The tank made it’s debut during World War I. A global irony of World War I is the many empires had invested in weapons to protect their “National Security” and the fall-out from World War I lead to national revolutions and civil wars to where only the British Empire survived as an empire.

 

Today most global citizens will not observe the Anniversary Of The End Of World War I because “it is an old war” and “it happened so many years ago.” Turn on your TV and watch the evening news, if you see a tank in any of the video coverage, then, remember, that the “tank” was first used in World War I.

 

Nuclear, Biological, Chemical – NBC

 

NBC is an American television network, but, more importantly, NBC on a global scale are the letters that relate to “Nuclear, Biological and Chemical”, which are three major elements of War weapons that destroy human life in the blink of an eye.

 

While you watch the evening news, if there is video coverage of a War somewhere in the world, listen closely to find out if any type of “Poison Gas” was used on the victims.

 

World War I Austrian corporal Adolf Snickelgrubber was exposed to at least one and possibly more “poison gas attacks”, during World War II and by the start of World War II, he had changed his name to: “Adolf Hitler” and had started a War.

 

Iraqi Dictator Saddam Hussein used a biological or chemical “gas” weapon to “kill off” Kurdish citizens of Iraq.

 

Poison Gas, biological or chemical, is a World War I technology whose real time effect still trumps the Internet and all the real time communication and transportation developments of the world because the gas is breathed in or can enter through the pores of the skin.

 

Killing Kids

 

War requires humans to fight and often die. The longer a War goes on, the more lives are lost. The American Civil War allowed the rules about “enlistment age” to be lowered so that “teenagers” could be “drafted” or “enlisted” to fight in the War in the mid-1800s.

 

By World War I, nations simply “looked the other way.” All armies in World War I, called ironically, “The Great War,” used children soldiers and birth certificates, enlistment age and proof of age requirements were ignored for boys and girls as “manpower” was needed to wage the war.

 

Watch For War

 

Today, ever Citizen Of The World should celebrate The End Of World War I because it ended and the four years of suffering and dying stopped.

 

The Citizens Of The World should realize that World War I’s Daily Legacy is “A War Ends, But The Technology Lives On And Human Nature Will At Times Be Ready For War.”

 

Remember, the sergeant named Warren reminded you War is a reality of all human life. Enjoy your life. Enjoy Peace. But, remember, War is always just a heartbeat away. Rely on your common sense and daily survival skills because you never know, where in the world some twit is going to do something stupid that will ignite events that inflame a global War.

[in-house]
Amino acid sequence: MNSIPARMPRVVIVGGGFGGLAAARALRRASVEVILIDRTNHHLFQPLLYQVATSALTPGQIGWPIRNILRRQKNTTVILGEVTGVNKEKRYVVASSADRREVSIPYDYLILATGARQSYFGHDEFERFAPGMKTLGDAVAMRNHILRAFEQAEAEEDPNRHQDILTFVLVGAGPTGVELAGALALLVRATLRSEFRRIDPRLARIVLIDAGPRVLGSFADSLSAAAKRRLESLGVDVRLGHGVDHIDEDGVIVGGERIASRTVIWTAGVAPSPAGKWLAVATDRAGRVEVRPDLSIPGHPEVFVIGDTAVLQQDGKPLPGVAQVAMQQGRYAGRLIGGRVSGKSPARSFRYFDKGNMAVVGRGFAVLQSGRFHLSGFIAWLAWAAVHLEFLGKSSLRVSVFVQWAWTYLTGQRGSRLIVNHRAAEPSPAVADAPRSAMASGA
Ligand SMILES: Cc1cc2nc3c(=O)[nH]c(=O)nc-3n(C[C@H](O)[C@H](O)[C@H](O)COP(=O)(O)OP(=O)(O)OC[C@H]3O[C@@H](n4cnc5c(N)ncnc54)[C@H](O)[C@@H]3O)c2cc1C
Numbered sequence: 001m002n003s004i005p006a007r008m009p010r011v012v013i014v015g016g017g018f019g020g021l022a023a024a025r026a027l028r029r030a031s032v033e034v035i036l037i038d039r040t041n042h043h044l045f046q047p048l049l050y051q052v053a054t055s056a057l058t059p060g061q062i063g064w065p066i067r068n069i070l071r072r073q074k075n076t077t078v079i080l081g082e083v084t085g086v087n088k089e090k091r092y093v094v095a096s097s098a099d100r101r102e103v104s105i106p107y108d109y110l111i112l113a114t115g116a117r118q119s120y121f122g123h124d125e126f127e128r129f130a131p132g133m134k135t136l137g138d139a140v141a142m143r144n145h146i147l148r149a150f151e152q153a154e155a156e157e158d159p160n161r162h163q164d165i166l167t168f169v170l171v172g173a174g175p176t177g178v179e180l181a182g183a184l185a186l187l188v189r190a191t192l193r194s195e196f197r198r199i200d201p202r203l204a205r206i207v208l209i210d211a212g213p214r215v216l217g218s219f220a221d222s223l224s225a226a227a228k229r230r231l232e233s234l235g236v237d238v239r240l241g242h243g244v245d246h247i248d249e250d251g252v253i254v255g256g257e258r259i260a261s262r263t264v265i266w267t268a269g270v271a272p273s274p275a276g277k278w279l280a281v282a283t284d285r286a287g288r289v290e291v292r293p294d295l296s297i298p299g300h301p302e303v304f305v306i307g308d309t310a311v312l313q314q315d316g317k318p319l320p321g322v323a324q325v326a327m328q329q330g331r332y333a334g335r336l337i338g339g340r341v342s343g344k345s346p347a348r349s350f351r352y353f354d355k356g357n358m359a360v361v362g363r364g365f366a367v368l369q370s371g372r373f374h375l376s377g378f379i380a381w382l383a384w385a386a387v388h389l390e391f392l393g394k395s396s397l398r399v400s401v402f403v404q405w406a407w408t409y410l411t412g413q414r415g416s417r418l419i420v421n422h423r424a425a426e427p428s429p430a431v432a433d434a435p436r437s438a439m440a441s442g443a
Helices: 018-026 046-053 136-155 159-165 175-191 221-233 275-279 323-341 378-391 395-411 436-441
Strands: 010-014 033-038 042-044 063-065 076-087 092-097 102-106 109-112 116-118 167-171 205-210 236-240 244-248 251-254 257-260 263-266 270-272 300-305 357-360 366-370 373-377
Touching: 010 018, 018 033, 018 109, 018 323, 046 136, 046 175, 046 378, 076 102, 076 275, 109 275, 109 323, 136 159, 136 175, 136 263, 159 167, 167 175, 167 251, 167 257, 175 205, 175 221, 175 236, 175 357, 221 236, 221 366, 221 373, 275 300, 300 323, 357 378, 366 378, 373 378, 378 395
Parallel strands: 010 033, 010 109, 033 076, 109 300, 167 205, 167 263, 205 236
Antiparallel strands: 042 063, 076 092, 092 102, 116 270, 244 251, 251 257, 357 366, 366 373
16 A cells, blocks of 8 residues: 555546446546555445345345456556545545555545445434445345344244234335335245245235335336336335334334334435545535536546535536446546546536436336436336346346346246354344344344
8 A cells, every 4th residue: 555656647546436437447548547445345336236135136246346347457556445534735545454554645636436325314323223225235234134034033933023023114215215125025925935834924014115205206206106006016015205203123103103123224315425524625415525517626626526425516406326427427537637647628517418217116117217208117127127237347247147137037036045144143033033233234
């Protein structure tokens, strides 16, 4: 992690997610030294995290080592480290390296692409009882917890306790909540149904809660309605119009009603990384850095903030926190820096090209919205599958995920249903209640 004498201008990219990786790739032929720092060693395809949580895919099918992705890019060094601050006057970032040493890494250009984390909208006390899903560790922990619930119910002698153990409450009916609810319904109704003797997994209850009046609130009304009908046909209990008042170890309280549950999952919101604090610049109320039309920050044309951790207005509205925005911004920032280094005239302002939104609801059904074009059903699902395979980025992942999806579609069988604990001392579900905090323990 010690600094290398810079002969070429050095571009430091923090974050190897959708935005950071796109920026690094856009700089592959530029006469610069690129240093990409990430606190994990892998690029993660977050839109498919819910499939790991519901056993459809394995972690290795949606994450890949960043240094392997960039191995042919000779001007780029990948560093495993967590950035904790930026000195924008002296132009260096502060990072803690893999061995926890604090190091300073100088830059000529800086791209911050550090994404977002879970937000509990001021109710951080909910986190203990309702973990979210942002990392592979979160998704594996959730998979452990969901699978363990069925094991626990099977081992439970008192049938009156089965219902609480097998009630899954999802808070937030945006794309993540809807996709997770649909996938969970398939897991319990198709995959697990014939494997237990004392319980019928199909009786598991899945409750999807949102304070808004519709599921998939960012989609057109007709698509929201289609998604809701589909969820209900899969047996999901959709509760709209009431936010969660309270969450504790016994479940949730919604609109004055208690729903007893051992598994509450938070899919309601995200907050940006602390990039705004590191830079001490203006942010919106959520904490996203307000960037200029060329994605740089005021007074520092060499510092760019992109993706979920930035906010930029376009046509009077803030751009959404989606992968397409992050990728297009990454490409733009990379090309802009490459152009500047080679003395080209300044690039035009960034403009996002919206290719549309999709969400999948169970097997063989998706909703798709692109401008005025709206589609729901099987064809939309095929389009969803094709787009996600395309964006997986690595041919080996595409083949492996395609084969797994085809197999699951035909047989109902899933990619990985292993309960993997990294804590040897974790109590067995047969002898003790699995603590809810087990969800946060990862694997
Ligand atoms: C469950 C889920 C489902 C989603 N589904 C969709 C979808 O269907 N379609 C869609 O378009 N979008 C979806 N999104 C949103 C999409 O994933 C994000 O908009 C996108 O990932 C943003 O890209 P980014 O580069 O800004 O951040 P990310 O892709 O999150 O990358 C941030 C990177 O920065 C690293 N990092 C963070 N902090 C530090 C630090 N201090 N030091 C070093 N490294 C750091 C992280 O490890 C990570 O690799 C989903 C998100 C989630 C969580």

Happy End Of World War I.”

 

Sam

This work is licensed under a Creative Commons license.

“Happy Birthday, Gilbert – My Aide-de-camp !”

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Happy Birthday, Gilbert –  My Aide-de-Camp !

Gilbert Roa, my nephew, an education major at Leyte Normal University. In the background is a swinging bridge in a nearby barangay. Gilbert is the type person, you want by your side when you cross those swinging bridges of Life.
June 12, 2012, Republic of the Philippines Independence Day is also Gilbert Roa’s 18th Birthday. My nephew, Gilbert, exhibits the qualities a person usually finds in a military aide-de-camp assigned to a general or admiral. Canon EOS 40 D Photo by Samuel E, Warren Jr.

By Samuel E. Warren Jr.

World history from the Roman General Julius Caesar to United States Army General Herbert Norman”Stormin’ Norman” Schwarzkopf , who, served as Commander of the Coalition Forces in the Gulf War of 1991 and Commander of U.S. Central Command, always records the battles, honors, achievements of the great military leaders, who have made a definite difference in global civilizations and history.

While history is quick to record the names and deeds of the great generals and admirals, who changed the world, sometimes one of the people closest to the great men or women go completely unnoticed by history.

Sometimes a diligent search of military history might reveal the name of the person, but more likely, you will have to find someone on active duty or a veteran, who served at headquarters to learn the name of the individual.

In the prehistoric global civilization of humankind, before the Internet and cell phones, general officers and navy flag officers had a special individual assigned to them: The Aide-de-Camp.

The United States Armed Forces like many nations armed forces base their traditions, ceremonies and